17th August 2016

Farah And Butchart Into 5,000m Final

17 August 2016

As he did en-route to winning 10,000m gold on Saturday night, double Olympic champion Mo Farah (coach: Alberto Salazar) survived a trip in his 5,000m heat to safely advance to Friday evening’s final.

Farah was in a good position going down the backstraight on the final lap, however with 200m to go he was clipped from behind, but somehow managed to stay on his feet and finish in the top five.

“I’ve got such a long stride I find it hard you know – I always get tripped up or tangled up with someone but I managed to stay on my feet – it was quite nerve wracking.

“Emotionally you go through a lot and it’s a wake up now – the job ain’t done yet. I still have to recover, just lock myself in a room and just get ready for this race. I was a little bit tired today – not just because of the heat and having run 10k, but just mentally getting back in that zone. In the 10k I was on the edge – nothing was getting in my way and now I was a little bit distracted, so I need to get back in the zone and focus.”

The second heat containing Andrew Butchart (Derek Easton) and Tom Farrell (Mark Rowland) was run at a quicker tempo, with the field knowing that all five fastest loser spots were up for grabs.

It was the Scot, Andrew Butchart who made the most of the pace though, keeping himself near the front throughout. With the majority of the field still in contention, the in-form Butchart took it upon himself to go to the front with two laps to go, winding it up with a 61 second penultimate lap. Looking at home in the 33 degree heat, Butchart picked up the pace again upon hearing the bell, decimating the field to secure himself an automatic qualifying spot, finishing fifth in 13.20.08.

“It was hard work – it always is! I guess I knew I just had to make top five and I pushed for it and luckily I got it. I actually expected a few people to come past – I didn’t kick that hard, didn’t go flat out – it was comfortable and somehow they stayed behind me. On the home straight I could see there were only five of us away so I kind of relaxed in the home straight which was nice.

“My training’s been going very well, so I was confident going into it but to get top five against that calibre of field I’m happy!”

It was a bad day at the office for Tom Farrell, as he became detached from the main pack just before 3000m, running a lonely remainder of the race to finish 20th in 14.11.65.

“I’m disappointed. I’ve had a tough year and things haven’t been clicking, so I thought it was a big ask to make the final, but still I thought I’d have the reserves to do it. I had some good training through Font and Belo but I ran out of time maybe. I haven’t got any answers really – it’s an amazing experience on the Olympic stage but I’m an athlete and I came here for more, so I’m disappointed. I just didn’t feel like me.”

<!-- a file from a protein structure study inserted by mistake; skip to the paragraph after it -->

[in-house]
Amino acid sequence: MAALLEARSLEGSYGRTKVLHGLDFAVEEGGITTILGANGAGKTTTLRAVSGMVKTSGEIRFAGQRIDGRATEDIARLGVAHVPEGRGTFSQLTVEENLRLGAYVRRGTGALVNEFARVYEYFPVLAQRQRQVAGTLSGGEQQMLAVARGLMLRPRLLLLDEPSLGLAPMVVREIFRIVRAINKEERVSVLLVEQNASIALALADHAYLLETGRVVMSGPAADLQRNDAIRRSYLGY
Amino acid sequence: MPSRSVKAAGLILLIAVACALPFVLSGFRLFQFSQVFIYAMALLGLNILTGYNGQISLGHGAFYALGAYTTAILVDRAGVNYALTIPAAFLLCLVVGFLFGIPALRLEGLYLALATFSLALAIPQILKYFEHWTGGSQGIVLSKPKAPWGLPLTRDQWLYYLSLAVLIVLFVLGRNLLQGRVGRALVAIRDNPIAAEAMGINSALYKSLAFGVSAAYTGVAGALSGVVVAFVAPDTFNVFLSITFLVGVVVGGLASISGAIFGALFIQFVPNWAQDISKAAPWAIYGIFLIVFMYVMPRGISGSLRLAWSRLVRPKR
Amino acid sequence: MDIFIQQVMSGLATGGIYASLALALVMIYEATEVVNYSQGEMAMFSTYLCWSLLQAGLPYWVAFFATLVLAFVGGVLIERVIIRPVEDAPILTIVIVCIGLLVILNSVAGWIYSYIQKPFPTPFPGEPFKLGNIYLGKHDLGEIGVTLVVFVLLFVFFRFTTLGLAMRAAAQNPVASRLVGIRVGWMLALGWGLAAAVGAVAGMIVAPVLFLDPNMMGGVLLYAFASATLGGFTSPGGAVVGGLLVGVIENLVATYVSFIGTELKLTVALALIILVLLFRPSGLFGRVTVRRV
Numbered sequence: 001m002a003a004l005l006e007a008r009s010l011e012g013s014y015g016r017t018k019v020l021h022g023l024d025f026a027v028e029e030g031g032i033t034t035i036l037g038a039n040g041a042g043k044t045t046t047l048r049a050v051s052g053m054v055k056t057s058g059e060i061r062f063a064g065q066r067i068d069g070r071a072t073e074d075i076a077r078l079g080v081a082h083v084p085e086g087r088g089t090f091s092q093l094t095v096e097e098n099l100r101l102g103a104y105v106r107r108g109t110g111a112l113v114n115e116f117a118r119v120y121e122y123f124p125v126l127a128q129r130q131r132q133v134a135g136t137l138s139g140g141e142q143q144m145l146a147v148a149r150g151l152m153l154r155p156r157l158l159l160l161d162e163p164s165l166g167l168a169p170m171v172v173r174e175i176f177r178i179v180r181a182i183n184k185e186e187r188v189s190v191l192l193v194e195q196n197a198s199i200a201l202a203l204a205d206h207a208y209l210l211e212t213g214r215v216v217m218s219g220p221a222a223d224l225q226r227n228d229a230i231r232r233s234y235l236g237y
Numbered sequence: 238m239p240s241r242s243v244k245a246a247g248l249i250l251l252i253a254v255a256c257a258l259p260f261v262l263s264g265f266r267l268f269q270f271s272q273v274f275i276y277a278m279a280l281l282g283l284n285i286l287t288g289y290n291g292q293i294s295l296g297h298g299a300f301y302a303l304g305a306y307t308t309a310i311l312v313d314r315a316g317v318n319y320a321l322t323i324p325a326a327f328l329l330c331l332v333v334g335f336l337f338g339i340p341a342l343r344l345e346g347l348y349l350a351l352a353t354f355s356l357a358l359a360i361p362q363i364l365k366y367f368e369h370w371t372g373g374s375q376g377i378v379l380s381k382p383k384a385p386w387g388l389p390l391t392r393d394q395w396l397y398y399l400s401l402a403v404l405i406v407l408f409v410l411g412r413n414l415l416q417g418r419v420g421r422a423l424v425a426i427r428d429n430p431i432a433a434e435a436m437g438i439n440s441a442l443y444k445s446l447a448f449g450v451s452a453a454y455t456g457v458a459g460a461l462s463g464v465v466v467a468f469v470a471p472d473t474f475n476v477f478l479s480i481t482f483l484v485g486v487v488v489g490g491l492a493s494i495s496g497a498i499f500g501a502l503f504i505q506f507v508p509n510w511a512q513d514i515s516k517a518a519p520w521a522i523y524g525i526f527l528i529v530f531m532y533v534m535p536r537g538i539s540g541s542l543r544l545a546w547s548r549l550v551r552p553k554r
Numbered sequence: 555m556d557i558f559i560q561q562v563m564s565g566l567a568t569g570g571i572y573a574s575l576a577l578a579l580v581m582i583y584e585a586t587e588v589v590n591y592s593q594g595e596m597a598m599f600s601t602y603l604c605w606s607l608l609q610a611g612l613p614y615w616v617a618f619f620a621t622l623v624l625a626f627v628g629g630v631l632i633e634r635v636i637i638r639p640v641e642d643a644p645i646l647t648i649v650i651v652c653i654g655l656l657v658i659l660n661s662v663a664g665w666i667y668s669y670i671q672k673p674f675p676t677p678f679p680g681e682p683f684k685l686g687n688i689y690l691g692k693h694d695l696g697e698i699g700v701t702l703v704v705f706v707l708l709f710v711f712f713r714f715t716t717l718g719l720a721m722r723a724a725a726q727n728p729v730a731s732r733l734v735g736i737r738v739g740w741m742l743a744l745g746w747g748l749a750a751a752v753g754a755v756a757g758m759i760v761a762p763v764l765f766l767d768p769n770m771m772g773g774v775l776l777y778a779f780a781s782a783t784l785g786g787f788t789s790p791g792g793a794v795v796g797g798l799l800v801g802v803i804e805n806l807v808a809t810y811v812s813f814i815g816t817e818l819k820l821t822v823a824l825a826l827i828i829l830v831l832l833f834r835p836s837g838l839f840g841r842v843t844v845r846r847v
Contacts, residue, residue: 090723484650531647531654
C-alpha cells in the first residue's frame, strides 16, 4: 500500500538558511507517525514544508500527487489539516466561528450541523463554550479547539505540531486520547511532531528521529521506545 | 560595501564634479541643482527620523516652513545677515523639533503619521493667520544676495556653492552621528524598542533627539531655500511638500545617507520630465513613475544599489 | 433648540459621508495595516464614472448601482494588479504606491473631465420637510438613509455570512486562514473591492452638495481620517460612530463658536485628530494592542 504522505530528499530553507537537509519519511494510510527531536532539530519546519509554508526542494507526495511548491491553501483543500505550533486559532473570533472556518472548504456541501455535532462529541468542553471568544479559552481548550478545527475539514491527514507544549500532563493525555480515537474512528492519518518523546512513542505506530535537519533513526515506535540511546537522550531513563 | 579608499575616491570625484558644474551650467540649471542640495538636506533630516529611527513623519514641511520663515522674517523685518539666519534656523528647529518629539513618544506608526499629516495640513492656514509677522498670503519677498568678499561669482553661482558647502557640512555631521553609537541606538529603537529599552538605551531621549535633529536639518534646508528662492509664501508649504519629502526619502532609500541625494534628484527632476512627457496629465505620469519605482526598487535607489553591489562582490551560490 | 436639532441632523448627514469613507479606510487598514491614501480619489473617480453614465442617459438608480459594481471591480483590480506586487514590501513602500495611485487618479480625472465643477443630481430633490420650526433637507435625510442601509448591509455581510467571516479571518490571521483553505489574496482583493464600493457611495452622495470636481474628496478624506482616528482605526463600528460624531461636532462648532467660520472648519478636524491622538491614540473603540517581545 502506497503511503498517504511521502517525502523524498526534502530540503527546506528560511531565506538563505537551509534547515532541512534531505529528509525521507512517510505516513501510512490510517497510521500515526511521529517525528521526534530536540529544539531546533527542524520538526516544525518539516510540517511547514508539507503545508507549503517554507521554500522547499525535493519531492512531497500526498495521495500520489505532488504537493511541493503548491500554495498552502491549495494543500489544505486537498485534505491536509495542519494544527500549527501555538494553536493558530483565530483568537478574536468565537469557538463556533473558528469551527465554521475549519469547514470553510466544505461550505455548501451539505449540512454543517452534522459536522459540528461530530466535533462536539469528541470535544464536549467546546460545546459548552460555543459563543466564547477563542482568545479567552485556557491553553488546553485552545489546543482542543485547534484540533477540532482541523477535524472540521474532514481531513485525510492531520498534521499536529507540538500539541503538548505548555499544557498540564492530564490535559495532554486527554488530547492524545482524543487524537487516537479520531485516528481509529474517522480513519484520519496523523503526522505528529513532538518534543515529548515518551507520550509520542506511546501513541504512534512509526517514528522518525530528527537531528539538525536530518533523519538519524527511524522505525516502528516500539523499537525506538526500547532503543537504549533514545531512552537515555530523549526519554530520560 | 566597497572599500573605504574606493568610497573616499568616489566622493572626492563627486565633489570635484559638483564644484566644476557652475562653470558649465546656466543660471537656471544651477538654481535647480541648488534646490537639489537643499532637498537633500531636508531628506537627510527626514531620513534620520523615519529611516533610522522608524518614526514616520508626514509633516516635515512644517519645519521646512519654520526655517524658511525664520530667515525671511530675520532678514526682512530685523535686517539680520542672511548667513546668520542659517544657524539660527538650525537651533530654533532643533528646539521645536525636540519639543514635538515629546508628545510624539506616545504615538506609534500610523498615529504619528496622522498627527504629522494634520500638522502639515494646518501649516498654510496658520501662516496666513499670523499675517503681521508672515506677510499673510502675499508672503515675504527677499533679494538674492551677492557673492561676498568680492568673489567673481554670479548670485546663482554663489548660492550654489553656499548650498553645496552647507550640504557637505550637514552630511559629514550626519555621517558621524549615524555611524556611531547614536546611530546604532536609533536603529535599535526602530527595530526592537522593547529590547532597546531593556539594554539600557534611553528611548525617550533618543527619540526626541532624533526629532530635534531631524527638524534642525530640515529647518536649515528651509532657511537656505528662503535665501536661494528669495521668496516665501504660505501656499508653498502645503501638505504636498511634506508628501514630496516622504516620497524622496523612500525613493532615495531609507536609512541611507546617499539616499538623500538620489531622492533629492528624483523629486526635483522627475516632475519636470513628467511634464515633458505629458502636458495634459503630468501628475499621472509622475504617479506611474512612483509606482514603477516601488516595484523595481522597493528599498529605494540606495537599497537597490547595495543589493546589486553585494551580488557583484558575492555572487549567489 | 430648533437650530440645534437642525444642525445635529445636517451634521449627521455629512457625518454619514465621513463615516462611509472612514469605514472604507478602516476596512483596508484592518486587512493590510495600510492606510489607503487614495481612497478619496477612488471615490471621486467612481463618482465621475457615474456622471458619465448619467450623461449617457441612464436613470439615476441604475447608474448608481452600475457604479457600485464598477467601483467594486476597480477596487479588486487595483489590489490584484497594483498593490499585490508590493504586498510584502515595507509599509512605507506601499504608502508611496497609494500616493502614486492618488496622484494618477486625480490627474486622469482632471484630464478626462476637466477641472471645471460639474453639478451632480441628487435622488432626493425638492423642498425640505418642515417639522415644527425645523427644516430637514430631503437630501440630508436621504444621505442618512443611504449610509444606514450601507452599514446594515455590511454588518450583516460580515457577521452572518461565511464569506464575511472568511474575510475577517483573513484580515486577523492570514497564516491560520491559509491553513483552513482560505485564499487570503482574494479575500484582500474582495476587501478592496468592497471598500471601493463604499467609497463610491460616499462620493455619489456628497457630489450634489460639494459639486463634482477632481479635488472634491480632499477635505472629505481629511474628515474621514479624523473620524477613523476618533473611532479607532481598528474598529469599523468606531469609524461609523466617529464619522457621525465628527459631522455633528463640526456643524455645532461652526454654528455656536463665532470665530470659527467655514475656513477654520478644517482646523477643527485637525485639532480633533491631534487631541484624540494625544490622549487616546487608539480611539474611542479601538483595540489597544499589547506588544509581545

In the women’s 800m heats Lynsey Sharp (Rana Reider) looked cool, calm and collected as she controlled heat one to win in 2.00.83 ad book her semi-final spot.

“It was good out there – I was just trying to stay out of trouble and get clear runs in. You can’t do anything unless you make the final so you just have to stay out of trouble, but it was fine once I got out there. It’s nice to get out there but it’s also nerve-wracking!”

British champion Shelayna Oskan-Clarke (Jon Bigg) went in the second of the eight heats alongside Caster Semenya and Ajee Wilson, knowing she needed a top two spot to guarantee qualification. Putting herself in the all the right places, she didn’t quite have the strength to pass Semenya or hold off Wilson down the home straight, having to settle for third in 1.59.67.

Thankfully that was enough for a fastest losers spot, and she commented post-race:

“It’s ok. Well it’s not ok because I was outside the top two, but my preparation has been really good, I’m in really good shape and I feel really good.”

There was disappointment in the men’s hammer qualification as none of the British athletes in action qualified for the final.

Mark Dry was up first in Pool A, where he finished ninth with a best throw of 71.03m. He wasn’t the only casualty though as Polish world champion Pawel Fajdek, unbeaten in 29 competitions, also missed out.

A visibly upset Dry said: “We were just getting stuck, it was just hard to put it together. My hearts not 100% my mind’s not 100%. My body’s just not firing – there’s no excuses. I tried my hardest I don’t think it’s enough I’ve got to wait and see what happens in the second pool.”

In Pool B Dry’s fellow Scot Chris Bennett (Mick Jones) finished in 11th with a best of 71.32m, with Nick Miller (Tore Gustaffson) down in 13th thanks to his final round throw of 70.83m.

“The heat is just so warm out there, it’s about 36° and we don’t get much of that up in Glasgow so it’s been quite hard” said Bennett.  “It’s been a brilliant experience but it’s a job not done in my eyes.  I felt really good coming into today, training’s been really good and the throws felt technically alright today, there was just nothing there. It’s a missed opportunity and I’m very disappointed.”